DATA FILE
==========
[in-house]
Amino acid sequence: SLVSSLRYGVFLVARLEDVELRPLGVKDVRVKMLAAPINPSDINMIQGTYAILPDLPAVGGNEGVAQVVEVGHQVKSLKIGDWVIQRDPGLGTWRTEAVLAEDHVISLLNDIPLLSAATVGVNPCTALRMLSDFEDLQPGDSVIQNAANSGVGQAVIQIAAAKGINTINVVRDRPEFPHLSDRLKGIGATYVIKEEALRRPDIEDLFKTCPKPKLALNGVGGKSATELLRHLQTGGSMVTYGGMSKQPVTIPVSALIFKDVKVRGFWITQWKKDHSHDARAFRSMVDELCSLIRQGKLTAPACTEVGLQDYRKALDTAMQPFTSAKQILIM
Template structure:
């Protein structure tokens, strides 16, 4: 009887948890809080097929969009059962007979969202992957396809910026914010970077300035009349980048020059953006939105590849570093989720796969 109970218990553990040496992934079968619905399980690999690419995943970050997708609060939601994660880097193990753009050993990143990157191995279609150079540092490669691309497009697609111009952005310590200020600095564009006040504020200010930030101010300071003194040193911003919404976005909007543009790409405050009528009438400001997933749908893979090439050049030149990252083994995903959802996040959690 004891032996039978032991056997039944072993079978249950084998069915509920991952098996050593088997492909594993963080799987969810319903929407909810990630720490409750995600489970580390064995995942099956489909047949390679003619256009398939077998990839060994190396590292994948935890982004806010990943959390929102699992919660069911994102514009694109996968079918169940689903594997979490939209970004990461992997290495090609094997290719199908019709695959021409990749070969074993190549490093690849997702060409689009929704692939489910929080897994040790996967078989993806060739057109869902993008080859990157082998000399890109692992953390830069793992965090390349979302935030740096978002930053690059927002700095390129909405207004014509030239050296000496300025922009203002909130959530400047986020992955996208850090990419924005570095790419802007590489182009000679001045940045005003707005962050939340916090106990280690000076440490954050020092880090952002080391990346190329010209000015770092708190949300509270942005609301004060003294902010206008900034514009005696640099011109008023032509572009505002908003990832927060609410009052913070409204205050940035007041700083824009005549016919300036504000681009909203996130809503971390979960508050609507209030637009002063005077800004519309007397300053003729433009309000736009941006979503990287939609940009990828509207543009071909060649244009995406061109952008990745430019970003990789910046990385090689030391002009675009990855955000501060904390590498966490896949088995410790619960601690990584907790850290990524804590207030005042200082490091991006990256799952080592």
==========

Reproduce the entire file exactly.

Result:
[in-house]
Amino acid sequence: SLVSSLRYGVFLVARLEDVELRPLGVKDVRVKMLAAPINPSDINMIQGTYAILPDLPAVGGNEGVAQVVEVGHQVKSLKIGDWVIQRDPGLGTWRTEAVLAEDHVISLLNDIPLLSAATVGVNPCTALRMLSDFEDLQPGDSVIQNAANSGVGQAVIQIAAAKGINTINVVRDRPEFPHLSDRLKGIGATYVIKEEALRRPDIEDLFKTCPKPKLALNGVGGKSATELLRHLQTGGSMVTYGGMSKQPVTIPVSALIFKDVKVRGFWITQWKKDHSHDARAFRSMVDELCSLIRQGKLTAPACTEVGLQDYRKALDTAMQPFTSAKQILIM
Template structure:
């Protein structure tokens, strides 16, 4: 009887948890809080097929969009059962007979969202992957396809910026914010970077300035009349980048020059953006939105590849570093989720796969 109970218990553990040496992934079968619905399980690999690419995943970050997708609060939601994660880097193990753009050993990143990157191995279609150079540092490669691309497009697609111009952005310590200020600095564009006040504020200010930030101010300071003194040193911003919404976005909007543009790409405050009528009438400001997933749908893979090439050049030149990252083994995903959802996040959690 004891032996039978032991056997039944072993079978249950084998069915509920991952098996050593088997492909594993963080799987969810319903929407909810990630720490409750995600489970580390064995995942099956489909047949390679003619256009398939077998990839060994190396590292994948935890982004806010990943959390929102699992919660069911994102514009694109996968079918169940689903594997979490939209970004990461992997290495090609094997290719199908019709695959021409990749070969074993190549490093690849997702060409689009929704692939489910929080897994040790996967078989993806060739057109869902993008080859990157082998000399890109692992953390830069793992965090390349979302935030740096978002930053690059927002700095390129909405207004014509030239050296000496300025922009203002909130959530400047986020992955996208850090990419924005570095790419802007590489182009000679001045940045005003707005962050939340916090106990280690000076440490954050020092880090952002080391990346190329010209000015770092708190949300509270942005609301004060003294902010206008900034514009005696640099011109008023032509572009505002908003990832927060609410009052913070409204205050940035007041700083824009005549016919300036504000681009909203996130809503971390979960508050609507209030637009002063005077800004519309007397300053003729433009309000736009941006979503990287939609940009990828509207543009071909060649244009995406061109952008990745430019970003990789910046990385090689030391002009675009990855955000501060904390590498966490896949088995410790619960601690990584907790850290990524804590207030005042200082490091991006990256799952080592």